Use of Estrogen-Containing Contraception Is Associated With Increased Concentrations of 25-Hydroxy Vitamin D

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Abstract

Context:

Small studies suggest exogenous estrogen may improve vitamin D status, but the etiology is unclear because women who use hormones may make lifestyle choices that differentially affect vitamin D status.

Objective:

Our objective was to investigate the association between use of hormonal contraception and 25-hydroxy-vitamin D (25(OH)D).

Design:

We used linear regression modeling of cross-sectional data to estimate percent change in season-adjusted serum 25(OH)D with estrogen use after adjustment for other factors.

Setting:

At the enrollment clinic visit (2010–2012) into a cohort study of uterine fibroids, each subject provided a blood sample, had anthropomorphic variables and skin reflectance measured, and answered questionnaires on demographics, dietary and supplement intake, contraceptive use, reproductive and medical history, and behaviors.

Participants:

A total of 1662 African American women, community volunteers, 23–34 years old, living in the Detroit, Michigan, area were included.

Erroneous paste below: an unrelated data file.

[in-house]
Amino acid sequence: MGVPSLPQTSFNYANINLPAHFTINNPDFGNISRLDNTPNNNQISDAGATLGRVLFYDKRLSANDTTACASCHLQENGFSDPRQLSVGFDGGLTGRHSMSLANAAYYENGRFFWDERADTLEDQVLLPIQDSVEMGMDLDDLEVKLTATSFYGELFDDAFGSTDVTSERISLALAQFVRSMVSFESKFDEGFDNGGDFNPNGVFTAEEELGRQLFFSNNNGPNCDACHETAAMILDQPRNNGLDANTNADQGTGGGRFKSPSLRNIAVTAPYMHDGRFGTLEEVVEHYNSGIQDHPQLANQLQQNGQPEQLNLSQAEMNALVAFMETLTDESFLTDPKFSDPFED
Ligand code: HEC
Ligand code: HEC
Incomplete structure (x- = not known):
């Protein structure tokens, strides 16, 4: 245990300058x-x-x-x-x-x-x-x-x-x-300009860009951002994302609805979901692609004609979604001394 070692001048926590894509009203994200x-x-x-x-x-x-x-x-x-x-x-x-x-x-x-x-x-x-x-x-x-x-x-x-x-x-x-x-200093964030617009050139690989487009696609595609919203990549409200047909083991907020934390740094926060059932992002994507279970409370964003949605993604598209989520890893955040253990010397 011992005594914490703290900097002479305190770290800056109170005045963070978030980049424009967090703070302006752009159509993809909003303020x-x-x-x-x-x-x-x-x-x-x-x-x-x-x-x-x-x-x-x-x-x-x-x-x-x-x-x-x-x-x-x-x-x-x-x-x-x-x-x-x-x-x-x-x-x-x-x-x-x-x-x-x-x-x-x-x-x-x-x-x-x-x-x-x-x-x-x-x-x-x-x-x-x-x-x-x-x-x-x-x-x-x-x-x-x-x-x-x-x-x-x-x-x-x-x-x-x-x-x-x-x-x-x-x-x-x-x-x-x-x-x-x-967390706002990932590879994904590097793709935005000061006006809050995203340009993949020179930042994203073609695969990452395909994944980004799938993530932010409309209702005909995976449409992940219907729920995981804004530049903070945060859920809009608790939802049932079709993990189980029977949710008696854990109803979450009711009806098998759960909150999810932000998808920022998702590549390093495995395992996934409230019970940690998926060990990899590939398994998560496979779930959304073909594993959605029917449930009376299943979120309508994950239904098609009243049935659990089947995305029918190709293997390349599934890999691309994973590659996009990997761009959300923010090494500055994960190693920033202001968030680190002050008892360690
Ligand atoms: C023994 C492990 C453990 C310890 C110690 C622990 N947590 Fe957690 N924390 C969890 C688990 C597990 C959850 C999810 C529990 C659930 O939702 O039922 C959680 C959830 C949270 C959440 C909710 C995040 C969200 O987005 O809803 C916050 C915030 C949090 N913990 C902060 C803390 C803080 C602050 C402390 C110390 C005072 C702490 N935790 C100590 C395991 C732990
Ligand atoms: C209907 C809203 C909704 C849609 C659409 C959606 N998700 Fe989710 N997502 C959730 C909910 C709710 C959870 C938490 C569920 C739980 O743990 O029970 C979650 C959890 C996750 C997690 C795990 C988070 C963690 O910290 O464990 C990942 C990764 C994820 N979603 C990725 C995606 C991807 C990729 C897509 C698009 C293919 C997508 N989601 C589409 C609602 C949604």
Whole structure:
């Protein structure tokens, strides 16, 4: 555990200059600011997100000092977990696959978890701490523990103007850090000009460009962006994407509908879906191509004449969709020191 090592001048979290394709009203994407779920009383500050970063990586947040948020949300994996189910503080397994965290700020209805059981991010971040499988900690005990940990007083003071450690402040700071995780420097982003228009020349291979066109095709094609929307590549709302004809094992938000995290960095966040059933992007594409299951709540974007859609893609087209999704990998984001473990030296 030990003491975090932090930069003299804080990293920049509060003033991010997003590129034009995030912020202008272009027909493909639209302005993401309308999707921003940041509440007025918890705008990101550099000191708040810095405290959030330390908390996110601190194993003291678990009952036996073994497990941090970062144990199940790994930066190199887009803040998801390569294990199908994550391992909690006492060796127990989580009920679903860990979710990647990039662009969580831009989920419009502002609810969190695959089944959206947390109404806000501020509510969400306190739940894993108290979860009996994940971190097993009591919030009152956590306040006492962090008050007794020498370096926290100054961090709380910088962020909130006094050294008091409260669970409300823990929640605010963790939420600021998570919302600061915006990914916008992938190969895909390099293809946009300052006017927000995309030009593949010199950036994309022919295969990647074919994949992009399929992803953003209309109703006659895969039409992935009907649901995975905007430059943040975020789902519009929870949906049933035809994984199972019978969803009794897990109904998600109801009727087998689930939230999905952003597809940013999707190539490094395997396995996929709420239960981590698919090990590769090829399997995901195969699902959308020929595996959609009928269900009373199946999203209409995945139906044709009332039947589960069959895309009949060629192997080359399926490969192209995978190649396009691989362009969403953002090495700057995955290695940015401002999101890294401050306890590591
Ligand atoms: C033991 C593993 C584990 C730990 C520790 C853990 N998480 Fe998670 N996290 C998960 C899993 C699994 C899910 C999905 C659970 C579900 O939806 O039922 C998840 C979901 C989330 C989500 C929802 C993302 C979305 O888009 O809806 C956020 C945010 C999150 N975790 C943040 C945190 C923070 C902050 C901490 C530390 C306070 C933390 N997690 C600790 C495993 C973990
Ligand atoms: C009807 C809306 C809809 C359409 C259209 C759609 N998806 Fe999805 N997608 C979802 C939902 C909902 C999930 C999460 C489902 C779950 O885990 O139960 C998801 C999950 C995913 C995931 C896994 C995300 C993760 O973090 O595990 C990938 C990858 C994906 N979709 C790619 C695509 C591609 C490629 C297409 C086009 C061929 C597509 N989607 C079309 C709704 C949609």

Interventions:

None.

Main Outcomes and Measures:

Serum 25(OH)D was measured.

Results:

Serum 25(OH)D concentrations were low (70% <20 ng/ml). Current use of an estrogen-containing contraceptive was associated with a 20% (95% confidence interval: 14–27) increase in 25(OH)D after adjustment. There was no increase in 25(OH)D among participants who had used estrogen in the past, but were not current users, indicating that results were unlikely to be due to unmeasured confounding by factors related to contraceptive choice.

Conclusions:

The increase in 25(OH)D with use of estrogen-containing contraceptives raise mechanistic questions regarding the biological pathways involved, and highlights the need for studies that examine possible endogenous estrogen effects on vitamin D.

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